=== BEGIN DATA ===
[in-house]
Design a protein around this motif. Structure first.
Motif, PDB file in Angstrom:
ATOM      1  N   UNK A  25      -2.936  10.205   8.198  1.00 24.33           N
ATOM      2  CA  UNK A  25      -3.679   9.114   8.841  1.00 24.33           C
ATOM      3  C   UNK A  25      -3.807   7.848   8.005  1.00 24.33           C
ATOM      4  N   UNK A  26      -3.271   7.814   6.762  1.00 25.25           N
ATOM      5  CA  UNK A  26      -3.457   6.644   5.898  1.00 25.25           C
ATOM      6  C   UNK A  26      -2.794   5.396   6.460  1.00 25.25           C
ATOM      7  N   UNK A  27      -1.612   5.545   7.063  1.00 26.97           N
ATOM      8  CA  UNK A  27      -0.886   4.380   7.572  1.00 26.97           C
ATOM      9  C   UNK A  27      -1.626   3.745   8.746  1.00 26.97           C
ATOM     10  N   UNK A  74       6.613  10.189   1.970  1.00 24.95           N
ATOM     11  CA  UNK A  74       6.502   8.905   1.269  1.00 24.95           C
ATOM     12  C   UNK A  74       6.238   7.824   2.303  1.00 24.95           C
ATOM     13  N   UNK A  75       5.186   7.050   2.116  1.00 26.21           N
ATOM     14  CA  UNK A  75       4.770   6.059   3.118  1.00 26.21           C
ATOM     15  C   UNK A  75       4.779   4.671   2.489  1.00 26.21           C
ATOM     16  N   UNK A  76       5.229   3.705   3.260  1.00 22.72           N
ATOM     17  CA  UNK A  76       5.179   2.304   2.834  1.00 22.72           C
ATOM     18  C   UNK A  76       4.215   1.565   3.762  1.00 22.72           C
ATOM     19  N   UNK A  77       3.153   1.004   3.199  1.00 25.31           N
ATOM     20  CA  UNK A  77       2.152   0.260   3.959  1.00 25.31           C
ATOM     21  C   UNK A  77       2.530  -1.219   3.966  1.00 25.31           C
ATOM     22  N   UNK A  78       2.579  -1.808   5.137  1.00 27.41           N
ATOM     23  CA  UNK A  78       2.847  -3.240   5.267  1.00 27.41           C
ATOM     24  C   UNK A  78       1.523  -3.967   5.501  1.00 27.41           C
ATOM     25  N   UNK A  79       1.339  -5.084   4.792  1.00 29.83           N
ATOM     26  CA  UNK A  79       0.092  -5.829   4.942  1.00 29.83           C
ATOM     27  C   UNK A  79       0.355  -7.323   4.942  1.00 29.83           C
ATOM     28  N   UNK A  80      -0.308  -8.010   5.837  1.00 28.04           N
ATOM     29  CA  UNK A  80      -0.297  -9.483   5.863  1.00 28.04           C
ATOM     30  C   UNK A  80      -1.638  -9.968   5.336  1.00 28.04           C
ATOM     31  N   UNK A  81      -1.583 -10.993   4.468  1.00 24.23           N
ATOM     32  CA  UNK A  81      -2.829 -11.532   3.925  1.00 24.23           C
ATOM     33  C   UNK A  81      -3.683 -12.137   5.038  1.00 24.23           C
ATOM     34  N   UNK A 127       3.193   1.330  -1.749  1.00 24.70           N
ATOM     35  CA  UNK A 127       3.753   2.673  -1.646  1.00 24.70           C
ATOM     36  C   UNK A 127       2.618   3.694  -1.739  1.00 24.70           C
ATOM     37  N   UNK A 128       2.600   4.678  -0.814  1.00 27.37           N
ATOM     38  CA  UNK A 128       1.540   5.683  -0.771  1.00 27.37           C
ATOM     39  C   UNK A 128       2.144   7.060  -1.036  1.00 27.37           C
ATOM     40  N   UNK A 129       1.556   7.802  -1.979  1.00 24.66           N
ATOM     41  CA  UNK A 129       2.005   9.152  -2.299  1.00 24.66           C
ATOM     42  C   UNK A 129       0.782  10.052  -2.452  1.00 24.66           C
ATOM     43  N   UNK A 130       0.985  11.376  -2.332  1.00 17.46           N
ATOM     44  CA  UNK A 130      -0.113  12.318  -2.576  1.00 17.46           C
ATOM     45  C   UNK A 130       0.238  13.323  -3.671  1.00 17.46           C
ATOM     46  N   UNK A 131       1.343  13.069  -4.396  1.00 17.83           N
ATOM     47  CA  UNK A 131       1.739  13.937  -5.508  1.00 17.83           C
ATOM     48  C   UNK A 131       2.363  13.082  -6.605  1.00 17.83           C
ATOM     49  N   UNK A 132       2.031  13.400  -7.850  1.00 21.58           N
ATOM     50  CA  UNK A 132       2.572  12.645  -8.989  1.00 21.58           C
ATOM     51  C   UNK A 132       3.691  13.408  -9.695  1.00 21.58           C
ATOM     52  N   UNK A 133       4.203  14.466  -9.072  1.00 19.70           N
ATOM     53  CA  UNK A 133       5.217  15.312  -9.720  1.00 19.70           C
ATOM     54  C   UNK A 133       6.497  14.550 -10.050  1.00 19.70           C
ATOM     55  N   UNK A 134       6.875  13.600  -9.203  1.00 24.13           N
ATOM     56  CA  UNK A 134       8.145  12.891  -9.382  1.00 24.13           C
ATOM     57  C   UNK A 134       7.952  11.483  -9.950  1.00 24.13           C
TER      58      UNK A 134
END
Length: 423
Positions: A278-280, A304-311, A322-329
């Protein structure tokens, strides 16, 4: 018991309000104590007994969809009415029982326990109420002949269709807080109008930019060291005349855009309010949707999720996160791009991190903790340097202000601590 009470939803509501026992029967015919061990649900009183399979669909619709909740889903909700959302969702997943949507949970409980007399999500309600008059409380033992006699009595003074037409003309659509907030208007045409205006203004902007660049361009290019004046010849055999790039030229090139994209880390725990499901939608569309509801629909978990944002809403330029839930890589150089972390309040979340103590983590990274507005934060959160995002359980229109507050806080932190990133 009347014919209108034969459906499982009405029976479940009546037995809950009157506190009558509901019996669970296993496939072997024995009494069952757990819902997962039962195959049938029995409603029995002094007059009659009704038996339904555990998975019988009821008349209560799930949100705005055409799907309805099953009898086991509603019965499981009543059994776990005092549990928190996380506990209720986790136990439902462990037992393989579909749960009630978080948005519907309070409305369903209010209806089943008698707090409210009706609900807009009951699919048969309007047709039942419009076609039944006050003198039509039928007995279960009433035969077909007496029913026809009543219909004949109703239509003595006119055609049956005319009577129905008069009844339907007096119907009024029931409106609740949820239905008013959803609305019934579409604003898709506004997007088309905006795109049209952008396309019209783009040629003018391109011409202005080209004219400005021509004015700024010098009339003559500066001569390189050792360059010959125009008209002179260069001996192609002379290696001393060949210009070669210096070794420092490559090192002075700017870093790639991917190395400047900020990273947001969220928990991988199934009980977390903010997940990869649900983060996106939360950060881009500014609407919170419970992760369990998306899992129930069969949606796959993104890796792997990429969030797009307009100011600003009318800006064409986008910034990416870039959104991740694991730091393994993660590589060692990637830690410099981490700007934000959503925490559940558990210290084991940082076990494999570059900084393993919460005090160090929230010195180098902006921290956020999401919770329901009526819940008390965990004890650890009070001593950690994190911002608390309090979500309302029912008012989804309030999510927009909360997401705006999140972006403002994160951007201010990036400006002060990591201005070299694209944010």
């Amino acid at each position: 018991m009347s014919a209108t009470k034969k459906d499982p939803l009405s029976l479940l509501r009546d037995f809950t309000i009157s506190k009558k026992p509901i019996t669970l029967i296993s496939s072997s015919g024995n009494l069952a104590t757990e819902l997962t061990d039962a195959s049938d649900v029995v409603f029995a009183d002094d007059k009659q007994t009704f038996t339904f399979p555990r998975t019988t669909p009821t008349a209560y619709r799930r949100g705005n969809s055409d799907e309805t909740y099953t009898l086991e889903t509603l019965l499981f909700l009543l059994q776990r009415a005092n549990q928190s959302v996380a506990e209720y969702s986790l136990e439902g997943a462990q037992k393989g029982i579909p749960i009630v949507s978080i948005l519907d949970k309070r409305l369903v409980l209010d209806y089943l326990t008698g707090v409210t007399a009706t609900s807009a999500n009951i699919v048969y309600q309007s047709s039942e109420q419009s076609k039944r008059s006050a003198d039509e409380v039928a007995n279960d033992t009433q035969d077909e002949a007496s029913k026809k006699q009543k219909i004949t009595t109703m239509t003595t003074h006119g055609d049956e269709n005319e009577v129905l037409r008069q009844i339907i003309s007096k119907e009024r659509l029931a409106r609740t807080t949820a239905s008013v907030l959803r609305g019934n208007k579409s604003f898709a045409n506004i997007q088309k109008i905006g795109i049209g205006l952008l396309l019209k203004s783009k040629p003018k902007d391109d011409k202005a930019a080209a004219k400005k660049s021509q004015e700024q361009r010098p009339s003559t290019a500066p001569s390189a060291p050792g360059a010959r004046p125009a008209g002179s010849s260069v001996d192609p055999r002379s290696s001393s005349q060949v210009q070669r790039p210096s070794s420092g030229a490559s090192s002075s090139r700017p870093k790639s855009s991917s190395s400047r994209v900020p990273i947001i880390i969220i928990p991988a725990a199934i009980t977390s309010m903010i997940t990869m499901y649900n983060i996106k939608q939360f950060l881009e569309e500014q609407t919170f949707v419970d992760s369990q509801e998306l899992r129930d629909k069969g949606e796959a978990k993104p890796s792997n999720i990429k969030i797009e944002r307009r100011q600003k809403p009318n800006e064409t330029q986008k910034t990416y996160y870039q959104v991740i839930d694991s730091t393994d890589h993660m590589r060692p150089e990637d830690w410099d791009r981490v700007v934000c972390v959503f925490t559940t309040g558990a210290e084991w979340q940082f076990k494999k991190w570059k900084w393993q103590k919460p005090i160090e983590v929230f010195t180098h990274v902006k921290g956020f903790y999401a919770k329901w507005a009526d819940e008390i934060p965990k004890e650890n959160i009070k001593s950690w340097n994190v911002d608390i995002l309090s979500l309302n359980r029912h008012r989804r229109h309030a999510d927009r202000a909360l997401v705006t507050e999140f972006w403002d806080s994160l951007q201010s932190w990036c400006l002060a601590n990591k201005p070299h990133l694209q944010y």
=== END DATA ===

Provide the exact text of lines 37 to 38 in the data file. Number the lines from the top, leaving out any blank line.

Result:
ATOM     34  N   UNK A 127       3.193   1.330  -1.749  1.00 24.70           N
ATOM     35  CA  UNK A 127       3.753   2.673  -1.646  1.00 24.70           C